Konami eventually released a Legacy Collection comprising the entirety of the Metal Gear saga in 2013 – but only for the PS3, as it was the only console at the time that could run Guns of the Patriots. Finally able to afford and choose my own console for the first time, I stuck with Xbox at the start of this generation, driven by a love for Microsoft’s first-party IP. While I was more than satisfied with my purchase, there was a part of me that assumed that Konami would eventually simply port the Legacy Collection over to other consoles now that there had been a boost in power and all games were running on Blu-Ray disks. That never happened.
It was at the start of the generation that the hype cycle began for The Phantom Pain, the presumed final chapter in the Metal Gear saga. Being only vaguely acquainted with the franchise through second-hand sources, I was initially confused, because I had assumed that Guns of the Patriots was the final chapter, but I didn’t pay it much mind. The game looked gorgeous – but there was no way on earth I was going to jump into a franchise at the moment of its supposed conclusion. Ground Zeroes was released for free via Games with Gold in the lead-up to the Phantom Pain’s launch. I played it, and I liked what I played, but the narrative seemed to be as obtuse as I had feared, depending entirely on the player’s relationship to characters from one of the handheld titles, Peace Walker. After I finished Ground Zeroes, in awe of the presentation but left cold by the narrative turns, I paid it little mind.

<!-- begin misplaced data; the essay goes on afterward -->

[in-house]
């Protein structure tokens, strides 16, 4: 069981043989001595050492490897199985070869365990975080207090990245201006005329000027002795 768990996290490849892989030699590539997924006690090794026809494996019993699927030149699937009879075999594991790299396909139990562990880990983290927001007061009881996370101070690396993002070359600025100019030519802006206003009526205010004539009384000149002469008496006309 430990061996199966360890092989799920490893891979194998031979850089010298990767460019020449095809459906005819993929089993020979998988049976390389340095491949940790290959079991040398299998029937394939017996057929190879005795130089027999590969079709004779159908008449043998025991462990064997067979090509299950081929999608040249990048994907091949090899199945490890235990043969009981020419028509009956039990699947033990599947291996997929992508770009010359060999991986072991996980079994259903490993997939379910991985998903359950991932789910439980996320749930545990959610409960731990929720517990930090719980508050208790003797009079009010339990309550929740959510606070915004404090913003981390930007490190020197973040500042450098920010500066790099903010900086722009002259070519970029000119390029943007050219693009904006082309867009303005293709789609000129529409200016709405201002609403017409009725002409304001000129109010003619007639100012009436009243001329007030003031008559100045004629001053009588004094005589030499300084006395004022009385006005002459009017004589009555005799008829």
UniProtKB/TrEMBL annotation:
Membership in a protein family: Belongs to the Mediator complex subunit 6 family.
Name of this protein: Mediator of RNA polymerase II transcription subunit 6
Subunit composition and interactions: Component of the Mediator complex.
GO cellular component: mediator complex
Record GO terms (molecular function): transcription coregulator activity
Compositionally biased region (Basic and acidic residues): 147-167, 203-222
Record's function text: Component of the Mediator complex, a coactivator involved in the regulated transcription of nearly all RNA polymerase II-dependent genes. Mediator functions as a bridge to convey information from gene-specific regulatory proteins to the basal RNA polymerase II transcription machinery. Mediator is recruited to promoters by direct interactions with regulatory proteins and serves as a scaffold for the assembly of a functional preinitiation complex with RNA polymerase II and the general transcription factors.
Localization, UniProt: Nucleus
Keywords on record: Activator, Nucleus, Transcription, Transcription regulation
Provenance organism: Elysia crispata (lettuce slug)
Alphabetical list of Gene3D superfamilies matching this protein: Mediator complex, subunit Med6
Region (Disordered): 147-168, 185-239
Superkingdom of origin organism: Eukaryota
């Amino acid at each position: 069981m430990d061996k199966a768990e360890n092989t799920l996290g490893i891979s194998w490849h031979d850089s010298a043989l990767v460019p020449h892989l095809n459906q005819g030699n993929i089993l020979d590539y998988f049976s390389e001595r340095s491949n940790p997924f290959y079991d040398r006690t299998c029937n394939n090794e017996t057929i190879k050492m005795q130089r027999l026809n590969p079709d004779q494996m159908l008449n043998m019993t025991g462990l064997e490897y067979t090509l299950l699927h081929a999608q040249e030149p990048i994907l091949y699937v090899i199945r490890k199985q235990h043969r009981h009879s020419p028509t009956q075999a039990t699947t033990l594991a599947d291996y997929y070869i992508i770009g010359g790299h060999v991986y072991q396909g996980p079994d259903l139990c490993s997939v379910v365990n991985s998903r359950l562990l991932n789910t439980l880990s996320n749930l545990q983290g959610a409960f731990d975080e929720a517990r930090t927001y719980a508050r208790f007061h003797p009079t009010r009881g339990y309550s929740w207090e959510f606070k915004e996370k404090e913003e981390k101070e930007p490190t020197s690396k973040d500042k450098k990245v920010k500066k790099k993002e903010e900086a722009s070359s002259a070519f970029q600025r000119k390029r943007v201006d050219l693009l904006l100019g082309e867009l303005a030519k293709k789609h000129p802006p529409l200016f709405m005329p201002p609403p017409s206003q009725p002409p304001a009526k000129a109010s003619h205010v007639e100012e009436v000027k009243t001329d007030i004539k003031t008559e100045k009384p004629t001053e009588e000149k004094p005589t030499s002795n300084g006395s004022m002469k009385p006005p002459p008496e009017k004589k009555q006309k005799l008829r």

And then came the Kojima controversy, which took the simmering conversation around The Phantom Pain’s launch and brought it to a fever pitch. Having begun consuming gaming podcasts on the regular during college, I had just begun to develop a passion for potentially working in the industry that had defined so much of my life up to this point.
So it struck me when the biggest story in games media began to revolve around a single man – usually, within the broader scheme of games discourse, we think of studios or indies, very rarely discussing singular visionaries. And yet here was Hideo Kojima inspiring a level of discussion usually only ascribed to film directors or novelists as journalists, friends, and fans alike rushed to his defense in the wake of revelations of power struggles between Kojima and Konami. Before the Kojima-Konami discourse became the talk of 2015, I mostly associated the man’s name with P.T., the tech demo for the game that would become known as Silent Hills that would then be cancelled following Kojima’s dismissal from Konami.